The PORT OF KIEL’s first shore-based power supply plant for shipping was officially inaugurated at the Norwegenkai on May 9th. The facility was declared open jointly by the Minister-President of the federal state of Schleswig-Holstein, Daniel Günther, the German Federal Government’s Coordinator for the Maritime Industry, Norbert Brackmann, and the Lord Mayor of Kiel Dr Ulf Kämpfer along with Dr Dirk Claus, the Managing Director of the PORT OF KIEL (SEEHAFEN KIEL GmbH & Co. KG) and Trond Kleivdal, Board Chairman of the Color Line. With immediate effect, the Color Line’s big cruise-ferries can now be supplied with emission-free electric power from on shore.
Minister-President Günther said: “We are together making an important contribution to keeping the air clean. By using power from on shore we are reducing to zero the emission of harmful substances as well as of greenhouse gases during the time ships are berthed in the port. Schleswig-Holstein supports this trend-setting project and will encourage further facilities of this type”, he added. Schwedenkai Terminal and the cruise shipping terminal at Ostseekai will follow the Norwegenkai example and are to get shore-based power supply capability for ships in the coming year.
Dirk Claus commented: “In future we want to be in a position to use shore-based electricity to cover 60% of the power requirements of ships calling at Kiel. That will mean we will be able to count ourselves among the most eco-friendly ports in Europe.”
The building contractor for the shore-based power plant, which was built by Siemens, is the PORT OF KIEL. Investment in the plant totalled €1.2 million, of which €400,000 was funded by the state of Schleswig-Holstein.
Kiel Lord Mayor Ulf Kämpfer said: “As a city which protects climate, Kiel would like to become carbon neutral by 2050. We can only achieve this ambitious goal if everyone helps. The new ultra-modern shore-based power plant is making a contribution to significantly reducing CO2 emissions in the port. I am delighted that Color Line is leading this effort and I would welcome it if other shipping companies were to follow suit.”
The ships of Norway’s Color Line – Color Fantasy and Color Magic - link Kiel with Oslo on a daily basis. They arrive at the Norwegenkai in the morning at 10 a.m. and leave again at 2 p.m.. Their annual power requirement for the time they spend in Kiel is about four million kilowatt hours.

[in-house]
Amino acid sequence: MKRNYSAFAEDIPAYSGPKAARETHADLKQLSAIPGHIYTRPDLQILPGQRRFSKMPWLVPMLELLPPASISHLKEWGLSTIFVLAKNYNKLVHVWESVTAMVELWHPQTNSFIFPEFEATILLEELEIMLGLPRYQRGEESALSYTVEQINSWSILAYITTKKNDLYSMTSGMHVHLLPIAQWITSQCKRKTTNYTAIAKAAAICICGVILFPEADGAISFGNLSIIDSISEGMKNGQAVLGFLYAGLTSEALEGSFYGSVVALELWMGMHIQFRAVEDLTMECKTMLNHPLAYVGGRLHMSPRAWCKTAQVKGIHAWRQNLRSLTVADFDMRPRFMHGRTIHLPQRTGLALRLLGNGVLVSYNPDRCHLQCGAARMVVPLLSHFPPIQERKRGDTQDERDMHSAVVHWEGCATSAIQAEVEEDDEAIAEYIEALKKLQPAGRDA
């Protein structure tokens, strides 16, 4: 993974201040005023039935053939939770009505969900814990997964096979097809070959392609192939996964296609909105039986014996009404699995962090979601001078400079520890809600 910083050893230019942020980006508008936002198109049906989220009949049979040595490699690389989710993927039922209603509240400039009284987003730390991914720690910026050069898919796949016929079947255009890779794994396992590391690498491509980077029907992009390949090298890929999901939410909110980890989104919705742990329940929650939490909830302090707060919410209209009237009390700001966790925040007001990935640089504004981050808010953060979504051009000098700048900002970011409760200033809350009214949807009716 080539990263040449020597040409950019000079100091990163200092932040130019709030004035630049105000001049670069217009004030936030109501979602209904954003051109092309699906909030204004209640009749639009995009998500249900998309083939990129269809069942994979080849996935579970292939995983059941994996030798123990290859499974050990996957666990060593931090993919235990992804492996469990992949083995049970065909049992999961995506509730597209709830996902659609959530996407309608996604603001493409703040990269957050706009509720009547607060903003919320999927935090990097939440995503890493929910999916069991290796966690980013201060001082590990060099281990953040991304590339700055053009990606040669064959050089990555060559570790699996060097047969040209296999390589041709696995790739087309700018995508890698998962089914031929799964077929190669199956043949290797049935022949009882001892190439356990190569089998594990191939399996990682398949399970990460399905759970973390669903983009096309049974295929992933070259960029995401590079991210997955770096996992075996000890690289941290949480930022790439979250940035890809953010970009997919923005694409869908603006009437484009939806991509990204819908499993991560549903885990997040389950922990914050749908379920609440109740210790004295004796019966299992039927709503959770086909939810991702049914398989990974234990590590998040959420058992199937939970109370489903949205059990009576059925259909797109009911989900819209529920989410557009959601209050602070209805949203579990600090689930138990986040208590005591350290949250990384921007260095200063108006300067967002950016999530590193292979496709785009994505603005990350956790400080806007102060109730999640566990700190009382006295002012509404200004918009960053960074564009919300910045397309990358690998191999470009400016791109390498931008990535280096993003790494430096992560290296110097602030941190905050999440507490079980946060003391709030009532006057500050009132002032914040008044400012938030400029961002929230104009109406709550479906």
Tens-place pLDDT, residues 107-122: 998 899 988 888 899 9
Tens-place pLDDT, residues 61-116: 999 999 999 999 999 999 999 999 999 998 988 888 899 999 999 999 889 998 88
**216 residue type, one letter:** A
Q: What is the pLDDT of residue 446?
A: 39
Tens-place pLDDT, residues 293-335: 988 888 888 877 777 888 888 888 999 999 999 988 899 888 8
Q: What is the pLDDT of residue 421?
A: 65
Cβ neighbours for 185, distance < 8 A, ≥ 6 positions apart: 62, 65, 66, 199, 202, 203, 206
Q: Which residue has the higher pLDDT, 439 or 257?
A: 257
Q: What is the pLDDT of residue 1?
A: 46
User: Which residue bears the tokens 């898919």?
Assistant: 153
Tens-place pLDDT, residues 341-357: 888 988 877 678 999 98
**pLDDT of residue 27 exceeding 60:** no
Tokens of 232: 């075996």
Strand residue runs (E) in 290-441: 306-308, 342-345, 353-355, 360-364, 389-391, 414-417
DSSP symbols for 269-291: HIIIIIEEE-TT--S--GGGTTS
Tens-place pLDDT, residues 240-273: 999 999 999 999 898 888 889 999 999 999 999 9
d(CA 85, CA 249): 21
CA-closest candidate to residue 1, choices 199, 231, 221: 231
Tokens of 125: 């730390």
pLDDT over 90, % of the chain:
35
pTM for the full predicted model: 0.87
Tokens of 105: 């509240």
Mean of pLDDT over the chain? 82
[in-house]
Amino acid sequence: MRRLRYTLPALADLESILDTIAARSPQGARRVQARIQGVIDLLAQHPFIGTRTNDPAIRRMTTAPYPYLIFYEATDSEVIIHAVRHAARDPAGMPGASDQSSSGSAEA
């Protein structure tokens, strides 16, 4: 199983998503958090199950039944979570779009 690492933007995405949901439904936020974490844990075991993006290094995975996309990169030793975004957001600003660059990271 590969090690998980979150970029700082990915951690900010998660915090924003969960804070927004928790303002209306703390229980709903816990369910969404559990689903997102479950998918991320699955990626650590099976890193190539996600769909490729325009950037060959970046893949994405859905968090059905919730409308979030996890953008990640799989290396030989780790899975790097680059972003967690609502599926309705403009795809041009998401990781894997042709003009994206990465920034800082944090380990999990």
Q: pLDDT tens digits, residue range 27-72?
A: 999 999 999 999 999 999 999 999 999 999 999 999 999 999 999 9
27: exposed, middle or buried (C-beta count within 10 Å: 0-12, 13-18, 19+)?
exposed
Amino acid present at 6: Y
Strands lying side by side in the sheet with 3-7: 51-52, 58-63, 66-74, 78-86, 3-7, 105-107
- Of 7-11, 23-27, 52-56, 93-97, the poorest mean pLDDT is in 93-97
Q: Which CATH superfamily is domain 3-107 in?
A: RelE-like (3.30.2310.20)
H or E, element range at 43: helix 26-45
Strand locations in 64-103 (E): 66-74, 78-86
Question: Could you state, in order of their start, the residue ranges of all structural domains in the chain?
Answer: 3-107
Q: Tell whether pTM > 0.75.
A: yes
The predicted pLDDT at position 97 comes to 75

Color Line Board Chairman Trond Kleivdal said: “Our ships are already equipped to draw power from land-based plants and have been plugged in on- shore in Oslo since 2011 and in all four Norwegian ports since 2017. Kiel is now another port which has made available the necessary infrastructure to support and advance our strategy of protecting the environment. Now it is up to the German Federal Government, to reduce the renewable energy levies on land power due under the Renewable Energy Sources Act (EEG) in order to create an improved economic framework.”
Commenting on this issue at the inauguration of Kiel’s shore-based power plant for shipping, Norbert Brackmann said: “Land power is a good way to make a clear contribution to clean air in cities which have harbours and sea ports. So it is certainly a good idea to have a shore-based power plant and it is even better when this plant is also used by shipping. We will, therefore, clear the way at government level to make land power more competitive and as Government Coordinator, for the Maritime Industry I will campaign for this.”
The Siemens on-shore power plant at the Norwegenkai is specifically tailored to the needs of shipping companies and the port. It has a maximum connection capacity of 4.5 Magawatts (MW) at 10 Kilovolt (KV) and a mains frequency of 50 Hertz (Hz).
Dirk Claus said: “Because of its considerable capacity and regular daily operation, a high level of environmental utilisation will be achieved. The new plant will deliver the largest amount of shore-based electric power (for ships) in the whole of Germany.”
Hub of the plant is an air-insulated, metal-enclosed, medium voltage switch unit. The PLUG shore to ship transfer station is from French manufacturer NG3 and is equipped with a programmed logic control unit (PLC) which communicates with the land station’s switching gear. All the necessary switching commands passed on by the ship via the system’s interface are carried out automatically. Before power is transferred from shore to ship, however, the system first checks for correct plug and cable connections. Once this has taken place, the connection to shore is switched on and the ship synchronises itself with the shore plant, which then handles supply.
Source: Port of Kiel (Additional information about the Port of Kiel at CruiseMapper)